Michael, a 59 year old divisional vice president with one of the largest and most renowned financial service providers in the world, is working harder and longer hours than ever before in his career. He travels extensively, is heavily scheduled, and earns an annual salary over $500K.
Michael finds himself at what is most probably his professional peak. He is heavily and well invested, fully insured, able to fund college educations for his children and is in relatively good health, albeit stress-related minor health challenges. Barely making time for his favorite pastime of golf, he longs for a way to share his expertise without the management responsibilities that comes with his job. His company takes full advantage of his expertise and his natural talent to train others in the company. Occasionally, hes asked to speak to his professional association.
Michael and I spent some time talking recently at a gathering of friends. Discussing ideas in which he could utilize his knowledge base in new and stimulating ways – including interviewing his favorite authors about their philosophies of success building practices and then producing a series of CDs based on those interviews, he left the gathering a little more confident that he could have another career path.
If youre a top producer in a commissioned sales business such as insurance or real estate or if youre a corporate leader whos ready to challenge yourself beyond the bounds of your organization or youre an entrepreneur leading the field, take these six (6) steps to help you think more seriously about making a transition to professional speaking:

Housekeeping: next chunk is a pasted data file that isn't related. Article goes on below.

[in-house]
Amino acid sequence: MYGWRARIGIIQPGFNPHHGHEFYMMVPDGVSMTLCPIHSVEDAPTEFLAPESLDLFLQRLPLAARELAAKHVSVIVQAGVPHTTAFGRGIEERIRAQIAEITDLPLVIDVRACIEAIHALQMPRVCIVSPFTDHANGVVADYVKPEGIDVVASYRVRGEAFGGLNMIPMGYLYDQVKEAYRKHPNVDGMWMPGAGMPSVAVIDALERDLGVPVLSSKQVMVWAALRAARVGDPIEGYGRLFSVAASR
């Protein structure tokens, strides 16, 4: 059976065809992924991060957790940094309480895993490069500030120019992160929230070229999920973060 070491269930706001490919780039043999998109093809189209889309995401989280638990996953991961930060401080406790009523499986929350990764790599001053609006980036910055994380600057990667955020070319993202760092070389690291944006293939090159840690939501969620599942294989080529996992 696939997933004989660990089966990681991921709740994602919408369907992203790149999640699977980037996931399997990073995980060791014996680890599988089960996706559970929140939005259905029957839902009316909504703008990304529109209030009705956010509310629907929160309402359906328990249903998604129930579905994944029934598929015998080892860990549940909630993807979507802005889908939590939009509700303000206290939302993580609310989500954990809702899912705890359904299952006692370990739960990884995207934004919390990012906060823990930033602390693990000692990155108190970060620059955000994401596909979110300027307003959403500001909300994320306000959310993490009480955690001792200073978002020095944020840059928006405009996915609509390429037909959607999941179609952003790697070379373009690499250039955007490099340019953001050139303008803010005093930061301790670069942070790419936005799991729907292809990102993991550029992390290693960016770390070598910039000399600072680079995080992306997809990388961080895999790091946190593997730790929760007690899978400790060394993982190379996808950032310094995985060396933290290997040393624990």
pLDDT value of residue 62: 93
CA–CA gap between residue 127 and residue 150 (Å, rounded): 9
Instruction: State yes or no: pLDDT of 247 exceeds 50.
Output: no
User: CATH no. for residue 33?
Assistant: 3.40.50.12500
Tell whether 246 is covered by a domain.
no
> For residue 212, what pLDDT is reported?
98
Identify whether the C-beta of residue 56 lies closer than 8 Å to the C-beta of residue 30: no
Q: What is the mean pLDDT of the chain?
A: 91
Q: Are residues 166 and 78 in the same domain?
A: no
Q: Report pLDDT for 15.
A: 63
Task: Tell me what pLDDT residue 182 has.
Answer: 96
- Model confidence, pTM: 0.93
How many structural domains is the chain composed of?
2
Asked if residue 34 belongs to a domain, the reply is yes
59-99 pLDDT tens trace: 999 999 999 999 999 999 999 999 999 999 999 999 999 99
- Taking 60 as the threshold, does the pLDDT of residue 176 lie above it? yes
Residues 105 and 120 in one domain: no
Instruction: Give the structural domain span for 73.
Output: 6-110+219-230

1. Identify your core competencies. What are the things that you do that have taken you to the top of your profession either in your geographical area or in your organization nationwide? Write a list and make it as long as you can. You can edit it later.
2. Create a list of facts about yourself that have distinguished your expertise and brought recognition to you and your organization.
3. Compose a list of the major turning points in your life. What experiences did you have that are unique to you and that helped you form who you are today? Being able to tell stories about yourself, your early childhood experiences, handling crises, overcoming obstacles – those are defining experiences to which you can refer in building your signature speech.
4. Write a unique selling proposition about yourself. Make it two sentences which say, in short, “I am…. I do.”
5. Identify your target market. What organization, either a company or an association, boot camp or public rally with multiple speakers, would benefit from your expertise? When you read about current events in trade journals, magazines and newspapers, think about how your expertise could create solutions for those organizations.
6. Begin to formulate your signature speech. Imagine that you have 45 minutes to teach others what you know. What would be the most important elements to cover? What principles have served you over the years? Oprah Winfrey has special page in every O magazine entitled, What I Know for Sure. What do you know for sure?
Going through the process of answering these questions is fun and productive. You may be among the new breed of speakers that comes from passion and purpose for which professional speaking is a natural evolution.
Mary McKay is a booking strategist for speakers, experts, leaders, top producers and cultural heroes who want to secure paid speaking engagements.
She systematizes the booking process to uniquely position the speaker, optimize the appearance, generate referrals and enable more revenue potential through product sales.
Visit http://www.gettingpaidtospeak.com or call 949-429-6646.